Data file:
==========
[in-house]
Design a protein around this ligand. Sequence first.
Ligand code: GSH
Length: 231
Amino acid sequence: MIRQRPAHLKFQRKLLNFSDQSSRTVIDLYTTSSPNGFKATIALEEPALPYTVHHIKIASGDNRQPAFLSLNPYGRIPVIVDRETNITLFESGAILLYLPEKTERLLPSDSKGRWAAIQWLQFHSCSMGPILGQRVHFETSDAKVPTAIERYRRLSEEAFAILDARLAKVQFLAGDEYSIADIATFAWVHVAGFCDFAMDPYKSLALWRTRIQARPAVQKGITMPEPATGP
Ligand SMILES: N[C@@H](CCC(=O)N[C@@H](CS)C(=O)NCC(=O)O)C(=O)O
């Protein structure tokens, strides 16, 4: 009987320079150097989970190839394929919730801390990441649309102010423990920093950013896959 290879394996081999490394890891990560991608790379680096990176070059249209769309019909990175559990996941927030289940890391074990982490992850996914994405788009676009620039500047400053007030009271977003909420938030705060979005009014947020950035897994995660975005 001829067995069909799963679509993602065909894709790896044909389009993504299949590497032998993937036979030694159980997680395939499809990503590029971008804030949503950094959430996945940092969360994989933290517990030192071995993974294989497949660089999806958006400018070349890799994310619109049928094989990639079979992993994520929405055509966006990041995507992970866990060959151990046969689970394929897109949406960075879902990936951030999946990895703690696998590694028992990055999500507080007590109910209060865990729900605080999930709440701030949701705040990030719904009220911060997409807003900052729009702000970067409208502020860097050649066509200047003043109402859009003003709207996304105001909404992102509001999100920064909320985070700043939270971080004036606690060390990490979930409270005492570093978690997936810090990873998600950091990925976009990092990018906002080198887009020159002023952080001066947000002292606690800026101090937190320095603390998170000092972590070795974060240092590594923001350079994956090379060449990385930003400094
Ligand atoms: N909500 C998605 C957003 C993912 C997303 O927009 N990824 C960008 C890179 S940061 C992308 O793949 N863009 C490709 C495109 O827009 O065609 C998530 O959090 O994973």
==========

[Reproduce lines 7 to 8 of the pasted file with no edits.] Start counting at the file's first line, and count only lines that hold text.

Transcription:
């Protein structure tokens, strides 16, 4: 009987320079150097989970190839394929919730801390990441649309102010423990920093950013896959 290879394996081999490394890891990560991608790379680096990176070059249209769309019909990175559990996941927030289940890391074990982490992850996914994405788009676009620039500047400053007030009271977003909420938030705060979005009014947020950035897994995660975005 001829067995069909799963679509993602065909894709790896044909389009993504299949590497032998993937036979030694159980997680395939499809990503590029971008804030949503950094959430996945940092969360994989933290517990030192071995993974294989497949660089999806958006400018070349890799994310619109049928094989990639079979992993994520929405055509966006990041995507992970866990060959151990046969689970394929897109949406960075879902990936951030999946990895703690696998590694028992990055999500507080007590109910209060865990729900605080999930709440701030949701705040990030719904009220911060997409807003900052729009702000970067409208502020860097050649066509200047003043109402859009003003709207996304105001909404992102509001999100920064909320985070700043939270971080004036606690060390990490979930409270005492570093978690997936810090990873998600950091990925976009990092990018906002080198887009020159002023952080001066947000002292606690800026101090937190320095603390998170000092972590070795974060240092590594923001350079994956090379060449990385930003400094
Ligand atoms: N909500 C998605 C957003 C993912 C997303 O927009 N990824 C960008 C890179 S940061 C992308 O793949 N863009 C490709 C495109 O827009 O065609 C998530 O959090 O994973």